by Andy Brownfield
Loan would help move three homeless shelters out of Over-the-Rhine
UPDATE 11-8-12: An aide to Vice Mayor Roxanne Qualls tells CityBeat that the $7 million loan will only go toward moving two of the shelters: the Drop Inn Center and a new women's shelter to be operated by the YWCA. Because the City Gospel Mission requires a religious component to is outreach to the homeless, it cannot receive federal funding. The original story follows below.City Council on Wednesday signed off on a plan to apply for
federal loans to help move three Cincinnati homeless shelters to new
Council members voted with all but one approving the
application for $37 million in loans, $7 million of which would move the
Washington Park-area shelters.
If the loan is approved, the City Gospel Mission would
move to the West End, a new women’s shelter would be build in Mount
Auburn and the Drop Inn Center would move to a yet-undetermined
Cincinnati had pledged $10 million toward relocating the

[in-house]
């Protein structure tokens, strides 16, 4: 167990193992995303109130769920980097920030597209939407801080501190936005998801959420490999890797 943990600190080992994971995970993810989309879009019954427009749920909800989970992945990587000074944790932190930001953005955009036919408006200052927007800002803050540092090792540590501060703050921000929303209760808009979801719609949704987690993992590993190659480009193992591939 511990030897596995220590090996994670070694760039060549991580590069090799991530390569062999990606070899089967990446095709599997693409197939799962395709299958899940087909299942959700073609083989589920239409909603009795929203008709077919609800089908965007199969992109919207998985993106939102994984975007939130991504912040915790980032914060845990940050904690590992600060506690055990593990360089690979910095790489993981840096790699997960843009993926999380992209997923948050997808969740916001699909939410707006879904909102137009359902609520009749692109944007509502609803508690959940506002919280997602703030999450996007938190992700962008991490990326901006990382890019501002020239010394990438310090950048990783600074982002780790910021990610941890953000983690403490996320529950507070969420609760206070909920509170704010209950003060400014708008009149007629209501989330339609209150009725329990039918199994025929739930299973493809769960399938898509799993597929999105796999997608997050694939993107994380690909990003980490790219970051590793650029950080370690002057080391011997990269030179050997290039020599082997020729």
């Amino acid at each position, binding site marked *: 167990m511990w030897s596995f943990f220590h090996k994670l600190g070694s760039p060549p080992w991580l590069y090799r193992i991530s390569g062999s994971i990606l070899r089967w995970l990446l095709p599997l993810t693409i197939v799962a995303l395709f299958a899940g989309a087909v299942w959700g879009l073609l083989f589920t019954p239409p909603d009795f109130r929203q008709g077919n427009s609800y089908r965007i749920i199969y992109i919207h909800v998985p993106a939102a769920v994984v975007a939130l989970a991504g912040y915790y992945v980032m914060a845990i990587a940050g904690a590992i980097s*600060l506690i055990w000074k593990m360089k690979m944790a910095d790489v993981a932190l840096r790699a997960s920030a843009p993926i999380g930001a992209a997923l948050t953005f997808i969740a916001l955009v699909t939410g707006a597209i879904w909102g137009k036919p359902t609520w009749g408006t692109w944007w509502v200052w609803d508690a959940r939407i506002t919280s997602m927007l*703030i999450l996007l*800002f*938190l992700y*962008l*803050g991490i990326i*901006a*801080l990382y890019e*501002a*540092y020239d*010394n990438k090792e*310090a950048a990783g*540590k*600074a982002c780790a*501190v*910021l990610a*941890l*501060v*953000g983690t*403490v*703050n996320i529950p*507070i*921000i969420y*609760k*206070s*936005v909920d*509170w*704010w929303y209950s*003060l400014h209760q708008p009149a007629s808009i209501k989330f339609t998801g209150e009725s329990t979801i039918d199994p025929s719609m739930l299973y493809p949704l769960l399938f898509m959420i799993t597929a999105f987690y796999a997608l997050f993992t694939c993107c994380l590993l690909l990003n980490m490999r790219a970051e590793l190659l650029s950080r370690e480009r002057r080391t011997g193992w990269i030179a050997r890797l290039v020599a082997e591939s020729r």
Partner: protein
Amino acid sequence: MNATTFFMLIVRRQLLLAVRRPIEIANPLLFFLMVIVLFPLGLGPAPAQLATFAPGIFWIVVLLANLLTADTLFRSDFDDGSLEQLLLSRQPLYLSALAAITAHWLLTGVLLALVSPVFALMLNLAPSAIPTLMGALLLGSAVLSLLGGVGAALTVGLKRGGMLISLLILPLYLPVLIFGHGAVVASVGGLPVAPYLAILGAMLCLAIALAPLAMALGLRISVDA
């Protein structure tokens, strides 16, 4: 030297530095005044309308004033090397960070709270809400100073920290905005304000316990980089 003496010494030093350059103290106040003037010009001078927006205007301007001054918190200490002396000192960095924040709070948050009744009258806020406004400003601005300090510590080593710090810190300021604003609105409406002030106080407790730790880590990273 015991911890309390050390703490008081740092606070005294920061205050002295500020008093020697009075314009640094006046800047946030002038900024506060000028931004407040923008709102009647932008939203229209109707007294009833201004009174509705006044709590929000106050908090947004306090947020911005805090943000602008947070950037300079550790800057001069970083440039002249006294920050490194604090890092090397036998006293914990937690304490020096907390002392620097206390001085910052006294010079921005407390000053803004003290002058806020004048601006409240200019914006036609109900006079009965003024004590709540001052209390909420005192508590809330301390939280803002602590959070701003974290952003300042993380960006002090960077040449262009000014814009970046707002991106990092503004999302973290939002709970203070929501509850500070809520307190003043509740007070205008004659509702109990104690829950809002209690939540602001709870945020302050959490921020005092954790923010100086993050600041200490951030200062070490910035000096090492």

shelters. The loan would be paid back at $532,000 a year for the next 20
Councilman Chris Smitherman was the sole dissenting voice.
He said he supports the homeless, but he is wary of the risks of the
loan and the city’s ability to pay it back.
Councilman Chris Seelbach, who said he moved to
Over-the-Rhine shortly after the 2001 riots, voted to approve applying
for the loan, but also voiced some concern.
“The reason I moved is because I loved it; I fell in love
with the diversity of the neighborhood,” he said, noting
income diversity as well as racial and ethnic.
“I would hope that we could find a location for the Drop
that is in Over-the-Rhine and there isn’t a continued effort to push low
income people out of Over-the-Rhine.”
Josh Spring, executive director of the Greater Cincinnati
Homeless Coalition, said the shelters the city has now are perfectly
adequate and the money could be spent better developing affordable
housing and creating jobs to help eliminate homelessness.